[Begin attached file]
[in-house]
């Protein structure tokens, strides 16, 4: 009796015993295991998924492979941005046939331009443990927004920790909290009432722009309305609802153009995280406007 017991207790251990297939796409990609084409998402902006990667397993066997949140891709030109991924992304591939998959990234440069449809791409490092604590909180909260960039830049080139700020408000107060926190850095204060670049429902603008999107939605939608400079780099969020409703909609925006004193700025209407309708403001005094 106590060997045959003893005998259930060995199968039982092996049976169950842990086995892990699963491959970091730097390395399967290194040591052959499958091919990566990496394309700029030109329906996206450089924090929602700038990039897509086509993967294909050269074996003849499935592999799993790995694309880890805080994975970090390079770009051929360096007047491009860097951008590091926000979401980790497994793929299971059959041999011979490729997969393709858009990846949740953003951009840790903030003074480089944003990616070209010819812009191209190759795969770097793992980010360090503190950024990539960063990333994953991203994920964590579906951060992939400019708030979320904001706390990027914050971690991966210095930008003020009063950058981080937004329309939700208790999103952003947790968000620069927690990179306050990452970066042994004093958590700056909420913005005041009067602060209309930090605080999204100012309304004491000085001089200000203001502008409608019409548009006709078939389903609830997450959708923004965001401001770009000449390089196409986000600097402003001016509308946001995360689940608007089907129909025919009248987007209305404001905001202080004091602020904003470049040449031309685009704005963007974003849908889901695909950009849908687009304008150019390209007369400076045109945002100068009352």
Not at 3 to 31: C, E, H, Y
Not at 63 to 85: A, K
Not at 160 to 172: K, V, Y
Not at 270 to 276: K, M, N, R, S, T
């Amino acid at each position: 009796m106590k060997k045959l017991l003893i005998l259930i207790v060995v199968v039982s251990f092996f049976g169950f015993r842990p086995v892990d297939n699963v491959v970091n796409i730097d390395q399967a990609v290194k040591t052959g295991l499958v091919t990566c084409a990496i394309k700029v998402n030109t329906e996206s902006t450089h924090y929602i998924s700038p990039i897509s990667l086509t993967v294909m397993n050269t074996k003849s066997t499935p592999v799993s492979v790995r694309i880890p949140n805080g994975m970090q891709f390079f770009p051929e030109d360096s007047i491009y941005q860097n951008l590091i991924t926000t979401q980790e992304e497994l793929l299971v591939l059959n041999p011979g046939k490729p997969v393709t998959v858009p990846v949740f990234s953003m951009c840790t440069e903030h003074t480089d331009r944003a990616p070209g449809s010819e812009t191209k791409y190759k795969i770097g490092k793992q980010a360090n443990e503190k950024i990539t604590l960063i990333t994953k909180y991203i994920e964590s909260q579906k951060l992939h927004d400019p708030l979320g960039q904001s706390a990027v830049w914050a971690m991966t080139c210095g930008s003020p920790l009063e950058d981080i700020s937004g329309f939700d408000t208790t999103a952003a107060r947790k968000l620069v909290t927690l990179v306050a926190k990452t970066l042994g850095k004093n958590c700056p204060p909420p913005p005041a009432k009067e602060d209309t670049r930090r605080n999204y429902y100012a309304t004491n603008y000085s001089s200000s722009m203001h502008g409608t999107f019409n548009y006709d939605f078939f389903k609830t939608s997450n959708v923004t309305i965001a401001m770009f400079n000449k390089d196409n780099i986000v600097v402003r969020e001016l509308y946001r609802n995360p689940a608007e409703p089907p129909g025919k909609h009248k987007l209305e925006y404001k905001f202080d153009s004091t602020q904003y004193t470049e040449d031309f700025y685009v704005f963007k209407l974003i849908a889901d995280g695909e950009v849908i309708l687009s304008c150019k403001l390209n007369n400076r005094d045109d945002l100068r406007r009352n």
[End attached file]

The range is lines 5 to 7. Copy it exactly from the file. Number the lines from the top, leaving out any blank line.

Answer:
Not at 160 to 172: K, V, Y
Not at 270 to 276: K, M, N, R, S, T
């Amino acid at each position: 009796m106590k060997k045959l017991l003893i005998l259930i207790v060995v199968v039982s251990f092996f049976g169950f015993r842990p086995v892990d297939n699963v491959v970091n796409i730097d390395q399967a990609v290194k040591t052959g295991l499958v091919t990566c084409a990496i394309k700029v998402n030109t329906e996206s902006t450089h924090y929602i998924s700038p990039i897509s990667l086509t993967v294909m397993n050269t074996k003849s066997t499935p592999v799993s492979v790995r694309i880890p949140n805080g994975m970090q891709f390079f770009p051929e030109d360096s007047i491009y941005q860097n951008l590091i991924t926000t979401q980790e992304e497994l793929l299971v591939l059959n041999p011979g046939k490729p997969v393709t998959v858009p990846v949740f990234s953003m951009c840790t440069e903030h003074t480089d331009r944003a990616p070209g449809s010819e812009t191209k791409y190759k795969i770097g490092k793992q980010a360090n443990e503190k950024i990539t604590l960063i990333t994953k909180y991203i994920e964590s909260q579906k951060l992939h927004d400019p708030l979320g960039q904001s706390a990027v830049w914050a971690m991966t080139c210095g930008s003020p920790l009063e950058d981080i700020s937004g329309f939700d408000t208790t999103a952003a107060r947790k968000l620069v909290t927690l990179v306050a926190k990452t970066l042994g850095k004093n958590c700056p204060p909420p913005p005041a009432k009067e602060d209309t670049r930090r605080n999204y429902y100012a309304t004491n603008y000085s001089s200000s722009m203001h502008g409608t999107f019409n548009y006709d939605f078939f389903k609830t939608s997450n959708v923004t309305i965001a401001m770009f400079n000449k390089d196409n780099i986000v600097v402003r969020e001016l509308y946001r609802n995360p689940a608007e409703p089907p129909g025919k909609h009248k987007l209305e925006y404001k905001f202080d153009s004091t602020q904003y004193t470049e040449d031309f700025y685009v704005f963007k209407l974003i849908a889901d995280g695909e950009v849908i309708l687009s304008c150019k403001l390209n007369n400076r005094d045109d945002l100068r406007r009352n």